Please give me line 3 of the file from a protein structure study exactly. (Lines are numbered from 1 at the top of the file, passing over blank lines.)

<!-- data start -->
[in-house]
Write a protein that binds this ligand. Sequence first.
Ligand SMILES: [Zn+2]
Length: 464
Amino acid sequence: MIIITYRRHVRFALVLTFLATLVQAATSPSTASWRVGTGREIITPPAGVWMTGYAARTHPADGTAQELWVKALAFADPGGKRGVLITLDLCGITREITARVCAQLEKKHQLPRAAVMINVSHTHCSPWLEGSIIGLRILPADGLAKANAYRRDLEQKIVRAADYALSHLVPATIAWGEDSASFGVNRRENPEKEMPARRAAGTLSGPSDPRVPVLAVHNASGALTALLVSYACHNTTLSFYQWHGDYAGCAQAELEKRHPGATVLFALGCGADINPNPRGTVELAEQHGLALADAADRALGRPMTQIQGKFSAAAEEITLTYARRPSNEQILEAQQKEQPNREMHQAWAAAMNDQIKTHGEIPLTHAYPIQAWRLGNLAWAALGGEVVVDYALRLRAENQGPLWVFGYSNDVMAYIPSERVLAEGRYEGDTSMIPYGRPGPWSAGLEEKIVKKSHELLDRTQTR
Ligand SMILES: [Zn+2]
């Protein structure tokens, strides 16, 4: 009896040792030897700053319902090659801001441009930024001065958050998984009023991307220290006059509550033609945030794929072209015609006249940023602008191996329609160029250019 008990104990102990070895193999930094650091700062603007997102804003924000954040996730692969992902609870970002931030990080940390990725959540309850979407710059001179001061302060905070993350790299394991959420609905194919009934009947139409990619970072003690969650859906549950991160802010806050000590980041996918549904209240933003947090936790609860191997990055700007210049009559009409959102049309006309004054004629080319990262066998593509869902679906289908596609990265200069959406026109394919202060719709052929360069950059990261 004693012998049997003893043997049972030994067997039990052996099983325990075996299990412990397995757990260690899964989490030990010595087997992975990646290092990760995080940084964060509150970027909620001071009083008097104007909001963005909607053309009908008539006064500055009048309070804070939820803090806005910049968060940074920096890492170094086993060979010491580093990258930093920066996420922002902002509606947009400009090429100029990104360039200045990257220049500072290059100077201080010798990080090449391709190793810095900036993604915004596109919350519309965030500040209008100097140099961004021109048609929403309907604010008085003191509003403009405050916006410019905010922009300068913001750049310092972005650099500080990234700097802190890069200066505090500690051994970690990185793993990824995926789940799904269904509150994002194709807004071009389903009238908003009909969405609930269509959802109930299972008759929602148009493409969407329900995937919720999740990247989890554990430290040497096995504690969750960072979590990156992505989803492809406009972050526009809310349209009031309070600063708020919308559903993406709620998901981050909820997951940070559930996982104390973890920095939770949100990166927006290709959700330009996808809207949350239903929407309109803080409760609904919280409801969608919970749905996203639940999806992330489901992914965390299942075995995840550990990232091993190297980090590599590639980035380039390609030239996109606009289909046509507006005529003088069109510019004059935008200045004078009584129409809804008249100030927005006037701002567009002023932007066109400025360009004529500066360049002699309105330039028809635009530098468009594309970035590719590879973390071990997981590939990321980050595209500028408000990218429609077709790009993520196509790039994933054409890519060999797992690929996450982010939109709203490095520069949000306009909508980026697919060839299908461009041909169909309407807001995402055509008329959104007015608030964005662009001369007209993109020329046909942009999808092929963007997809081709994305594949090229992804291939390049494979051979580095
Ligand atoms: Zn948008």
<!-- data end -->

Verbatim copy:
Ligand SMILES: [Zn+2]